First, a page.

J. Stevenson, J. Saathoff, P. Clancy
Keywords: multiscale modeling, reactive force fields, organic semiconductors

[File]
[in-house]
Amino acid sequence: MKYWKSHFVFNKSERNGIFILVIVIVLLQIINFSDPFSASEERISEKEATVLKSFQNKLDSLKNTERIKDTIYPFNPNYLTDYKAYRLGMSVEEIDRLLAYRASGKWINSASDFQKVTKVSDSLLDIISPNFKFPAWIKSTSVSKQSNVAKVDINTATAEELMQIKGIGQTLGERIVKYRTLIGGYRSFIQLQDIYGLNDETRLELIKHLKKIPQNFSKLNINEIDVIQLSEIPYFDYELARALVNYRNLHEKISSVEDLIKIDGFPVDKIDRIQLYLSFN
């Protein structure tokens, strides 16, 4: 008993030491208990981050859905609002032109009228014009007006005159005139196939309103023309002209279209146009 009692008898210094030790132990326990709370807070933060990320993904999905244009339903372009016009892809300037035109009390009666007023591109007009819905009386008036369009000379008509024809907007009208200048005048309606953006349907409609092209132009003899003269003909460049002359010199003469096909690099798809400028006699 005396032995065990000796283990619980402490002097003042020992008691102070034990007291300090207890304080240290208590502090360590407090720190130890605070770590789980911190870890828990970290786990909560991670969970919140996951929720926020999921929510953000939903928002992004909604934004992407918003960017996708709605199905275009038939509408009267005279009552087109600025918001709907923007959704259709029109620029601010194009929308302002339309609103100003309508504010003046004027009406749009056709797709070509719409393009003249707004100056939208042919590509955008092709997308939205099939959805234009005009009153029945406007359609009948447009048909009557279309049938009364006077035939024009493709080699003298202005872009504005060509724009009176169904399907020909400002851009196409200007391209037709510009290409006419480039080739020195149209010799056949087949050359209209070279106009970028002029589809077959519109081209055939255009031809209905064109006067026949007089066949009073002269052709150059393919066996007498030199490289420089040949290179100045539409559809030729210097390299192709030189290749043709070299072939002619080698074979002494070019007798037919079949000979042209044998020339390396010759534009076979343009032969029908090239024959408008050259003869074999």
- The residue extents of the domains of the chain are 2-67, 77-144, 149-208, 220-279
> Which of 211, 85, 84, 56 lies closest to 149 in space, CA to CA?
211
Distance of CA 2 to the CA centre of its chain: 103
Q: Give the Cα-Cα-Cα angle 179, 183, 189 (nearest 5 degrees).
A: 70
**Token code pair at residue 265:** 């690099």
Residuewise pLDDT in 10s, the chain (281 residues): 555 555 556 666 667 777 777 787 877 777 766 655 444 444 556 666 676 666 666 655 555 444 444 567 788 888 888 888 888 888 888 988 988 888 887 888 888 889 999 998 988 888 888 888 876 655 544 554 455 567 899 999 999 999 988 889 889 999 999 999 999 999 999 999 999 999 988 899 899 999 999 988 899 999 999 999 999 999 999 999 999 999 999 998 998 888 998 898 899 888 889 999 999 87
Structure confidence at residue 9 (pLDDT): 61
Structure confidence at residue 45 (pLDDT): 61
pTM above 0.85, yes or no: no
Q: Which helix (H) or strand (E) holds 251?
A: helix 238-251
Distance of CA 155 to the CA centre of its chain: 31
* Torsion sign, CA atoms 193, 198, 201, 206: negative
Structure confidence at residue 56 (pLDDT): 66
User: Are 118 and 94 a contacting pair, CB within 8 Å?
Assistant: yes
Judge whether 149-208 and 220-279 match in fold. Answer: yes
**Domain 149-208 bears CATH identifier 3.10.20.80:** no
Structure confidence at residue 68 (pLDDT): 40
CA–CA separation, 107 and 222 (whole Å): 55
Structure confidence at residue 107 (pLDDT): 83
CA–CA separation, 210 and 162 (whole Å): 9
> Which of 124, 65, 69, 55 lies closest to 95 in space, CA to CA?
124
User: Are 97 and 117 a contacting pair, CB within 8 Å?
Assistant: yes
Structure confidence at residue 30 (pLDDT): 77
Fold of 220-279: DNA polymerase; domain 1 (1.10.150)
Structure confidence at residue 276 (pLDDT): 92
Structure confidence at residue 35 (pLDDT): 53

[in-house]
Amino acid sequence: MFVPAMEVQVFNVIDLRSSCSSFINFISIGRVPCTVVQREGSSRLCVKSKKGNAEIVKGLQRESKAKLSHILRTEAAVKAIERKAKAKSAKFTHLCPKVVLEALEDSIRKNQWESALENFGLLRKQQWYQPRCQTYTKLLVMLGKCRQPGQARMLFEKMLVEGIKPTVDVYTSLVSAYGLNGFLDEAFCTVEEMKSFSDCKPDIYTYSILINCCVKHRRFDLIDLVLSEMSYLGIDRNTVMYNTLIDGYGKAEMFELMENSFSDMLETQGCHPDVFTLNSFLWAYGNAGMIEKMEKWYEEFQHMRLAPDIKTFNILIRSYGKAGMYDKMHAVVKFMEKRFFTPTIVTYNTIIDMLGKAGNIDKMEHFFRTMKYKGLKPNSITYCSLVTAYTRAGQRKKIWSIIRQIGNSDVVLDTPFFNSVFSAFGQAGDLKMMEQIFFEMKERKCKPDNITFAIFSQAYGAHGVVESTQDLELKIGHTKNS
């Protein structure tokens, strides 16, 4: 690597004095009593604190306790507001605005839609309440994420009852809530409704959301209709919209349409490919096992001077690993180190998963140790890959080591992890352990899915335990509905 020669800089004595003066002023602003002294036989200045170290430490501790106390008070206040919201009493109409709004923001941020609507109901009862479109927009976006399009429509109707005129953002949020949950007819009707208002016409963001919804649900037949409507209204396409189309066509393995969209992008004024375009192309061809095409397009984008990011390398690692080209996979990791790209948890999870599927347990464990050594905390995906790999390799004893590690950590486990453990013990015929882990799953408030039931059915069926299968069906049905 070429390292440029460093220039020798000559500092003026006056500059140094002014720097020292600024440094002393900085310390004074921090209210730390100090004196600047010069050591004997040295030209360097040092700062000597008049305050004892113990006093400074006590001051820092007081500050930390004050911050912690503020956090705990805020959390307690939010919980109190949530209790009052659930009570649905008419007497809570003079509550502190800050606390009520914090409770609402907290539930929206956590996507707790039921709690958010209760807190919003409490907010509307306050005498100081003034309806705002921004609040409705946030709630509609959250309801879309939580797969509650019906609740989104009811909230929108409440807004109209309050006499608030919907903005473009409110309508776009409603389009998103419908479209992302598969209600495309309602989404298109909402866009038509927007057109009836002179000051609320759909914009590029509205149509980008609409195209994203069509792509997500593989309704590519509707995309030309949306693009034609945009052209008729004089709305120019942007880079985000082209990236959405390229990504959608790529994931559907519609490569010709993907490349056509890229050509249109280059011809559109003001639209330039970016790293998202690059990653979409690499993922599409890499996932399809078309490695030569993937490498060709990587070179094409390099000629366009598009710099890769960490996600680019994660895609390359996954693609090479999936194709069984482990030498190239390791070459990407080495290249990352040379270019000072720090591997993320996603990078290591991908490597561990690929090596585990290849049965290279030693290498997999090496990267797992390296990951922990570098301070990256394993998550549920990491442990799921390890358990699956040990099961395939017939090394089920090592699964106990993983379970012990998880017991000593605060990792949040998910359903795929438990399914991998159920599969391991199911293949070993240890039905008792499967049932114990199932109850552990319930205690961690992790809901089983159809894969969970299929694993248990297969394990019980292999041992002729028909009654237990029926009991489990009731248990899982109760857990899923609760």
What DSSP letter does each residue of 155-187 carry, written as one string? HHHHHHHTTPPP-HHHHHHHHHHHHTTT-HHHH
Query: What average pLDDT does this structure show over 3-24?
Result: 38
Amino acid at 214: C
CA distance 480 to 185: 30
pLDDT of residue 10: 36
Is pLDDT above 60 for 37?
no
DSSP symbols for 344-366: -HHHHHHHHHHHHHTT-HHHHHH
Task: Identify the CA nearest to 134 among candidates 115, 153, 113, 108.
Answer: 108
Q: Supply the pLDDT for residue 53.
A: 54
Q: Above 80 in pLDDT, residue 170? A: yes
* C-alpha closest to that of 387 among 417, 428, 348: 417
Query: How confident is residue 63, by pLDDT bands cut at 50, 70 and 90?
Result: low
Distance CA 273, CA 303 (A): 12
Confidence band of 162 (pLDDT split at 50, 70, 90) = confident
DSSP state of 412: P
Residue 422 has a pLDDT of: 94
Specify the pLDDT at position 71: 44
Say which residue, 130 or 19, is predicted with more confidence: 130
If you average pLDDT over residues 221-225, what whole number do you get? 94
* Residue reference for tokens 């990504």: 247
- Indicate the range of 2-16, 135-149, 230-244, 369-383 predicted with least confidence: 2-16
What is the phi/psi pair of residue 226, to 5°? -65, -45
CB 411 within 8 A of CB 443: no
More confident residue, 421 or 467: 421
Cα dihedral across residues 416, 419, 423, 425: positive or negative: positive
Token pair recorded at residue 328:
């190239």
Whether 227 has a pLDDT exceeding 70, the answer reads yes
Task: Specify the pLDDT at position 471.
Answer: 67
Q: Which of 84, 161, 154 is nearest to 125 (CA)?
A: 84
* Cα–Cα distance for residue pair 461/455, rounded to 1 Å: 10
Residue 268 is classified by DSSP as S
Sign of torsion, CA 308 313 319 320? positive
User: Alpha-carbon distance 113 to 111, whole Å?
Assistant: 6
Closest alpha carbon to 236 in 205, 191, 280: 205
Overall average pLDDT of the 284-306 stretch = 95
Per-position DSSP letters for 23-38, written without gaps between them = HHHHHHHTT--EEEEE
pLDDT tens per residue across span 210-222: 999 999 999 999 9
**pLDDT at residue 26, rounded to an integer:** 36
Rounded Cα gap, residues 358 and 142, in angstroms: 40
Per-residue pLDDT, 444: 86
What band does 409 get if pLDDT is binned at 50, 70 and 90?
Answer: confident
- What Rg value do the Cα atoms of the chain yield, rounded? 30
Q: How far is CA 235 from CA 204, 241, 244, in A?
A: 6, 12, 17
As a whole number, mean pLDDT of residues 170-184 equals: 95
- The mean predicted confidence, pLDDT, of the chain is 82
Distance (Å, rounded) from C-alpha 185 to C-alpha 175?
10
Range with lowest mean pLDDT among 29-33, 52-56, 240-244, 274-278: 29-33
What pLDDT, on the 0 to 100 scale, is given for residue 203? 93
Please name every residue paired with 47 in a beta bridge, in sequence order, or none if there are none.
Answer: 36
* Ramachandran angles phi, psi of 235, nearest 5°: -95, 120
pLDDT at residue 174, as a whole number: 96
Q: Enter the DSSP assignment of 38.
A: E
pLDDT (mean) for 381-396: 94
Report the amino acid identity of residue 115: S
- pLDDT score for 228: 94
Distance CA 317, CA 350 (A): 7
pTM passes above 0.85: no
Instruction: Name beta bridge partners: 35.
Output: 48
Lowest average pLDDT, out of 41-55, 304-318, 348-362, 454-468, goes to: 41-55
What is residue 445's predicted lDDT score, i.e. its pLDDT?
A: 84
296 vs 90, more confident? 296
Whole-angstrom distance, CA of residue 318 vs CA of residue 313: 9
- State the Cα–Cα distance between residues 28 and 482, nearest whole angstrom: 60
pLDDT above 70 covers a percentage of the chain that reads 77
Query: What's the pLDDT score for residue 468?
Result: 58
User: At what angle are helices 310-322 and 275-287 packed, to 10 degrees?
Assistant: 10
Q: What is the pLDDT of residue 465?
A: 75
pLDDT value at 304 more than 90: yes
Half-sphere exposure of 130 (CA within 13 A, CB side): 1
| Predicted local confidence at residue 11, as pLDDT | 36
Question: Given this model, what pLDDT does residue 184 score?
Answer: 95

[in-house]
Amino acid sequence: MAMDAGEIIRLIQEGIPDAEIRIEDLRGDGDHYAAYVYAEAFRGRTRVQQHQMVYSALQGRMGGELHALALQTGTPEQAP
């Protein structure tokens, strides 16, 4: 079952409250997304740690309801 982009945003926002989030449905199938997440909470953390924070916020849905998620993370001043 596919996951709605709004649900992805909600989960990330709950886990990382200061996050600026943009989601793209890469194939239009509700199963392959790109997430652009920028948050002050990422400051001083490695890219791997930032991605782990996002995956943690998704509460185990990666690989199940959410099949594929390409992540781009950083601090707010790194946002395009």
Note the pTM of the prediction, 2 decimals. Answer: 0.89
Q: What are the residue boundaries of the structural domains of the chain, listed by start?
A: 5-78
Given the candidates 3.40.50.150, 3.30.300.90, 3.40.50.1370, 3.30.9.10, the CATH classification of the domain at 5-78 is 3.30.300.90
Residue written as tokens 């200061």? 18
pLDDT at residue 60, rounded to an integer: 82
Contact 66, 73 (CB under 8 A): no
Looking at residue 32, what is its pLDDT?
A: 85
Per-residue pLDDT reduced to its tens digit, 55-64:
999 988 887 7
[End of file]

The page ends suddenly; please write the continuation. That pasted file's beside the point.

Summary:Many of the most interesting new materials that show promise for solar photovoltaics, involve atomic species, like lead and selenium, that are non-traditional from the point of view of computational modeling. This poses a problem in several ways: First, many traditional "force fields" do not handle these atom types, especially in a mixed organic-inorganic system. Second, since many of these new materials, e.g., hybrid organic-inorganic perovskites (HOIPs), are solution-processed and involve complexation and/or reactions that current reactive force fields are equally exposed in terms of difficulty of parameterization and availability. Thirdly, the number of moieties in the system is typically large enough that the complexity of the system makes it overwhelming to undertake given the large combinatorial burden to describe all possible pairs of interacting entities. What is needed is a fresh approach to model such systems. We suggest a possible solution to this through a new reactive force field that is far simpler than existing approaches, is accurate enough to reproduce ab initio data, and is relatively easy to parameterize. We show a proof-of-concept for this Simple Reactive Molecular Force Field (SMRFF) by giving results for PbS nanoparticles that rival the ab initio database we created. We show how this approach can be extended to perovskite systems. As examples, we show how a multiscale approach, incorporating ab initio calculations and Molecular Dynamics, can provide unique insight into the complexation that occurs from precursor solutions that give rise to HOIP thin films. As a second test case, we will show how solution processing of lead chalcogenide reactive systems can be optimized using a multiscale computational modeling approach. Finally, we illustrate an example of the advantage of using a Bayesian optimization search to speed up the identification of organic semiconductor polymorphs. The choice of solvent also affected the experimental results and we will show how simple models can capture at least some of these effects and explain the mechanistic underpinnings of this effect.